RIP Gerson: Keep Bombay blessed

RIP Gerson: Keep Bombay blessed

For a metro that has mourned several remarkable fathers – including Charles Correa, Alyque Padamsee, Anil Dharker – our recent loss leaves us especially bereft. Yet, the best tribute to activist, adman, theatre actor and poet Gerson da Cunha, would be to continue living by his beliefs. Celebrating his immense knowledge of and hope for the city he held so close to his heart. Besides inspiring deep admiration for multiple civic affairs and artistic concerns he worked dedicatedly for, Gerson exemplified twin qualities stunning us all. Ebullience and energy. Even in his eighties,…Read more
Xmas lunch with the Desert Fox

Xmas lunch with the Desert Fox

Lieutenant Erwin Rommel in the Italian front, 1917. Image Courtesy - Wikimedia Commons Everyone has favourite Christmas stories… This bittersweet one took me by surprise. I was a rookie reporter with The Illustrated Weekly of India in 1985. Researching a feature to mark 40 years since the Second World War ended, I discovered an unusual desert tryst. Sent scouting by my editor for veterans, I happened to interview the charmingly doughty Dhun Mehta. He flew fighter planes as a young RAF pilot. “I had Christmas lunch and tea with General Rommel, the Desert…Read more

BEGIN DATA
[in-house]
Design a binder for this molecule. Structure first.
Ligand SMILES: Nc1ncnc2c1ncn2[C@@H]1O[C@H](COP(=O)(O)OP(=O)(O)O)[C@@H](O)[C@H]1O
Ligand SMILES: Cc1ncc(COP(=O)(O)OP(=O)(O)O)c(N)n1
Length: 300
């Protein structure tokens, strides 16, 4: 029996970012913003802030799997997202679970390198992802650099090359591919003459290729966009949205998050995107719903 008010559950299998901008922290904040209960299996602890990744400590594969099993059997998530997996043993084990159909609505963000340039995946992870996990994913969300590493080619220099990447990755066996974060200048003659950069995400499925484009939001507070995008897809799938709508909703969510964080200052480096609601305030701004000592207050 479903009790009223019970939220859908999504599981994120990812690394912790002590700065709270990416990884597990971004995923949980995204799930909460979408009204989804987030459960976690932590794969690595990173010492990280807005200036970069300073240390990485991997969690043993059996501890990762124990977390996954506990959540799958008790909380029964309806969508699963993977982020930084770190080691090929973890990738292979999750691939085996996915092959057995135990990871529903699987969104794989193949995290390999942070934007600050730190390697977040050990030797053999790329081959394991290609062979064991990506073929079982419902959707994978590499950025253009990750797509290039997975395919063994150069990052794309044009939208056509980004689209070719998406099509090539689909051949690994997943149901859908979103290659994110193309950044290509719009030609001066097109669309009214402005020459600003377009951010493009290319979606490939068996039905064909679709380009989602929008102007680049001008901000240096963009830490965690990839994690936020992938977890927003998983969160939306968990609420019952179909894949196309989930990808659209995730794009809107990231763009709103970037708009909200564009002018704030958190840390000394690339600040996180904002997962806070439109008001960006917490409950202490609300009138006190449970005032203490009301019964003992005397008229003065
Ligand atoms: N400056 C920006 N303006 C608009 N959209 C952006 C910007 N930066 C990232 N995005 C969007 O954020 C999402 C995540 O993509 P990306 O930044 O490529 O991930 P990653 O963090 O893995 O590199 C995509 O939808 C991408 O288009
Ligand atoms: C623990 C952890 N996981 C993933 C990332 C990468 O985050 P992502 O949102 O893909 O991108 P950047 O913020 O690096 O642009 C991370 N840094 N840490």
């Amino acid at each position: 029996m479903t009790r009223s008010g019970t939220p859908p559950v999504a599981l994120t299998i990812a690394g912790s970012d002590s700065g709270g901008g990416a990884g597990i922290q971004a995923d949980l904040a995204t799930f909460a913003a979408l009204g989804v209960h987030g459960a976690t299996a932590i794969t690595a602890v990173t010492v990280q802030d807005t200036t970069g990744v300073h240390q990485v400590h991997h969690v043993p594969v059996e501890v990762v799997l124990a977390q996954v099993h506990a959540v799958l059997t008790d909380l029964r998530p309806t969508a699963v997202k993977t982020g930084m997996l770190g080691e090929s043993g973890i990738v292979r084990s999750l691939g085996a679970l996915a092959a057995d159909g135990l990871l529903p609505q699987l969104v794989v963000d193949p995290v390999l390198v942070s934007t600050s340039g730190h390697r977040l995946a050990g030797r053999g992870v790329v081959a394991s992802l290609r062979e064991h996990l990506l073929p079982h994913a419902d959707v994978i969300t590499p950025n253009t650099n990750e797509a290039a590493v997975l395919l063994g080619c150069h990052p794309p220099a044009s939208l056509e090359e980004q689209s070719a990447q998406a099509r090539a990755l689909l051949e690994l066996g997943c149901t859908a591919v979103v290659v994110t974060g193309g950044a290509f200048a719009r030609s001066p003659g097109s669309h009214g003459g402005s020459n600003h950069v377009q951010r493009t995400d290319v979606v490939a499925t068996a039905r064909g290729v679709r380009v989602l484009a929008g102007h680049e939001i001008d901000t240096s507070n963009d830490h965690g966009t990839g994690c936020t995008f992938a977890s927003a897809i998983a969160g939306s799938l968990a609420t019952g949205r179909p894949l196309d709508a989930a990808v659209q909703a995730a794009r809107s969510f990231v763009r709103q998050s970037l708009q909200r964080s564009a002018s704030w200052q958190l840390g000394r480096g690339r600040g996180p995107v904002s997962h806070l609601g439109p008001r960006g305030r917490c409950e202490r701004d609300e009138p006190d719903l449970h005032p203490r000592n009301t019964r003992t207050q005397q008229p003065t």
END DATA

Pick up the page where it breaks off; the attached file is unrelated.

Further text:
The mascot who taught Bombay laughter

The mascot who taught Bombay laughter

Image Courtesy : Air India With the recent national airline acquisition evoking much cheer, it’s time to retrace how its chubby mascot was cleverly conceived. The 1946 inspiration of Bobby Kooka, Air India’s commercial director, was executed with rare flair by the artist Umesh Rao. This creation of the iconic Maharaja involved trying thousands of designs and different girth measures for the closed-eyed, bowing figure. He was originally intended as an overdressed flunkey, not courteous royalty. By the 1960s, the carrier produced some of the world’s best airline advertising. The billboard fronting the company’s…Read more